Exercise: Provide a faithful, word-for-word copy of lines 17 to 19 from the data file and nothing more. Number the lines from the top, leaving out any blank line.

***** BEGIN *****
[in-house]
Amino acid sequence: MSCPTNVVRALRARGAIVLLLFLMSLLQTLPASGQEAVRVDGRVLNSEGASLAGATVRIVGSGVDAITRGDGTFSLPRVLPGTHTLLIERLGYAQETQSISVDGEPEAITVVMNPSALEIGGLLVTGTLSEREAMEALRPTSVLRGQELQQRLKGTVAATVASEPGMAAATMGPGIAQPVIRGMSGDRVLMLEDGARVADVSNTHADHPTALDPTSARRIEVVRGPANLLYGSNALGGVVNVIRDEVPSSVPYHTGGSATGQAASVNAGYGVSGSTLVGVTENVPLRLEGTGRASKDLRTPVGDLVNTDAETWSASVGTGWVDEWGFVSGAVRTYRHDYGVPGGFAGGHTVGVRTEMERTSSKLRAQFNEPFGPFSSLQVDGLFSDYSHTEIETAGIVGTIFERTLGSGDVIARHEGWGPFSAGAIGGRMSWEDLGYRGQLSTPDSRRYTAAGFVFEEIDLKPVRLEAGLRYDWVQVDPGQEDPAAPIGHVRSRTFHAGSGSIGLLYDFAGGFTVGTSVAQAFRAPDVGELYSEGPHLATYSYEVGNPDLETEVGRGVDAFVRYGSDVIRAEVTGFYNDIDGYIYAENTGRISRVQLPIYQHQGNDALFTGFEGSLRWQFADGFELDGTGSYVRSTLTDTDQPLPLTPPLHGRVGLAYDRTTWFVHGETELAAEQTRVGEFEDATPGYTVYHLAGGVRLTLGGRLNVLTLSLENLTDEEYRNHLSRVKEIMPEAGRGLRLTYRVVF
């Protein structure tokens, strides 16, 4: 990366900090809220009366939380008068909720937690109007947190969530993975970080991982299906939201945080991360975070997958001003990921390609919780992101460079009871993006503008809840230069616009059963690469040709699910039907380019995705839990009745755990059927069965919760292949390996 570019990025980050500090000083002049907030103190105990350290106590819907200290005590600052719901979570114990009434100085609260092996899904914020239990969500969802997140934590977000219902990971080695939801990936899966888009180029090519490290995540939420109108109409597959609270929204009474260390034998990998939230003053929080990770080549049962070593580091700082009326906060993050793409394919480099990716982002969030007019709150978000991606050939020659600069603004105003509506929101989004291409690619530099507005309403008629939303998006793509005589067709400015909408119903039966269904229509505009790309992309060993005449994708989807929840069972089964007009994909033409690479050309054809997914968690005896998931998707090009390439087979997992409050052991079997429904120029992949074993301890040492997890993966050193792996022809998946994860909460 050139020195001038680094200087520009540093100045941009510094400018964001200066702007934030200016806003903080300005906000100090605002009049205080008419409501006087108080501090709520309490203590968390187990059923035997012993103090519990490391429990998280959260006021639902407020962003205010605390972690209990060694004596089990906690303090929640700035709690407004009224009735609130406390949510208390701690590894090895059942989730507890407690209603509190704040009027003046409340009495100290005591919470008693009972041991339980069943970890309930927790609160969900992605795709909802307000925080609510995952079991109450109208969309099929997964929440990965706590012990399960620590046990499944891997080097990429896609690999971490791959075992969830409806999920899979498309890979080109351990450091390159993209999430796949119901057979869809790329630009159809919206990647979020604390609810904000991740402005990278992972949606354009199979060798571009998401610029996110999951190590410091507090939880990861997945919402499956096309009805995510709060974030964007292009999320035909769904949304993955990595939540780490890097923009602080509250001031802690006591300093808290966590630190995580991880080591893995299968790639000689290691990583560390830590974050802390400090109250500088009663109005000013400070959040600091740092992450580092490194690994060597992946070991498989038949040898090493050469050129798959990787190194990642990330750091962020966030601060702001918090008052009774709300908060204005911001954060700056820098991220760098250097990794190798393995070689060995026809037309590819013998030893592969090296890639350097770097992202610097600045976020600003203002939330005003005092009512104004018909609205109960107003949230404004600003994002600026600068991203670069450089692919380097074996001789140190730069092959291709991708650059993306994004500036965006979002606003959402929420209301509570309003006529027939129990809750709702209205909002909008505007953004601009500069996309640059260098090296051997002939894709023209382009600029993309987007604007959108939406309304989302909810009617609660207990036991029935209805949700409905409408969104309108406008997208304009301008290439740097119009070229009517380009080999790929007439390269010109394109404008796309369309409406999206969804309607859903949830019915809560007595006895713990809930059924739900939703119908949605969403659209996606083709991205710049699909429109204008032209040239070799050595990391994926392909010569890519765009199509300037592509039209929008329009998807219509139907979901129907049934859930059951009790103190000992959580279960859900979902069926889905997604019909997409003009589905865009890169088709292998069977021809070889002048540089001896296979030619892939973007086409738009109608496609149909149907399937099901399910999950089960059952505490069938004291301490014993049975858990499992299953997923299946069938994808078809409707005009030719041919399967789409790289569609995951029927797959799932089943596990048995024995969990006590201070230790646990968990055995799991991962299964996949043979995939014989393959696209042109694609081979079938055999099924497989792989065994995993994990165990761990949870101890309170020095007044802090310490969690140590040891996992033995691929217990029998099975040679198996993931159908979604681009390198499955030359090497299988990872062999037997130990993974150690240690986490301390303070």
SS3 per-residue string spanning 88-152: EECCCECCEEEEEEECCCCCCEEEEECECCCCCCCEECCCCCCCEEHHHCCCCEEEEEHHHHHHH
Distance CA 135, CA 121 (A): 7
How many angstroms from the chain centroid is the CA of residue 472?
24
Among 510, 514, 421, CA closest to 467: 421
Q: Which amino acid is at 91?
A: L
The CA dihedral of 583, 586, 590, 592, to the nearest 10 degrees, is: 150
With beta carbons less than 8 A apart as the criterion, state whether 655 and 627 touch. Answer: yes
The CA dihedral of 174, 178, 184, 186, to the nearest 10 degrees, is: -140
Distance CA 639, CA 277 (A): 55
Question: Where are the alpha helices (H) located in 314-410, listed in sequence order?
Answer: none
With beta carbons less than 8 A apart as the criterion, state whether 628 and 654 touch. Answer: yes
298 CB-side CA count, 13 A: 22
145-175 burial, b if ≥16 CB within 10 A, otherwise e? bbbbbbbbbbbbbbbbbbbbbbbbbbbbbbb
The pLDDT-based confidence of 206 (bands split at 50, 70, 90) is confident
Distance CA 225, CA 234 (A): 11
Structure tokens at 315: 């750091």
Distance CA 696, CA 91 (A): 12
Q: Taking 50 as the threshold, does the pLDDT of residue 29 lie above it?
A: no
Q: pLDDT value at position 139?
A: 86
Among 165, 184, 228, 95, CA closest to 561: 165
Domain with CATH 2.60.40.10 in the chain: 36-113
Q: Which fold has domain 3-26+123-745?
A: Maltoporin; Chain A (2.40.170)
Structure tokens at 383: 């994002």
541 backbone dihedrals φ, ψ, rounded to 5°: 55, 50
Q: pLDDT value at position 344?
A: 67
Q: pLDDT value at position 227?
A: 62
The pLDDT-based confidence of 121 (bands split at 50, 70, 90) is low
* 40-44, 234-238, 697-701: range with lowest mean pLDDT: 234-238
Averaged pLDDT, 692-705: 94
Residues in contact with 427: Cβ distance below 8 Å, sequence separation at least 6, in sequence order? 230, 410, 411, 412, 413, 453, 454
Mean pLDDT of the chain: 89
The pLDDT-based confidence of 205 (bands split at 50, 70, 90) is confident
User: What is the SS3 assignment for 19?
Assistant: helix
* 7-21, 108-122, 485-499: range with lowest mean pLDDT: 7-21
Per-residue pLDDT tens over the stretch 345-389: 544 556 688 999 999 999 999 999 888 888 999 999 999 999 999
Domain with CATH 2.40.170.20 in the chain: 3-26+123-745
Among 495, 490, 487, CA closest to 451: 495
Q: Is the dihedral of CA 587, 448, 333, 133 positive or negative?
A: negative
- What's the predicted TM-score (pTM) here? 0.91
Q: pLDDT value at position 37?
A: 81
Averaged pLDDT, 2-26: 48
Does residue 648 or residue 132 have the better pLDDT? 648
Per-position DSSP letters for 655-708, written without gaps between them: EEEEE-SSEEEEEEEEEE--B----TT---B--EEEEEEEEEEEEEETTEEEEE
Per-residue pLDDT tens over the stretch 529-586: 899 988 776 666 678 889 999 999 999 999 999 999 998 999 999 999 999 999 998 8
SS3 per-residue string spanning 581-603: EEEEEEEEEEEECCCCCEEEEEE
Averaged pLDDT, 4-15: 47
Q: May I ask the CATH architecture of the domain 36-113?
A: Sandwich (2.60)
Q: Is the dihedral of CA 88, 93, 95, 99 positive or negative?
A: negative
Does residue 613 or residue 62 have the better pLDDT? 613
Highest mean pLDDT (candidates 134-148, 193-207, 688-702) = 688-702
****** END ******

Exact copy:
With beta carbons less than 8 A apart as the criterion, state whether 628 and 654 touch. Answer: yes
298 CB-side CA count, 13 A: 22
145-175 burial, b if ≥16 CB within 10 A, otherwise e? bbbbbbbbbbbbbbbbbbbbbbbbbbbbbbb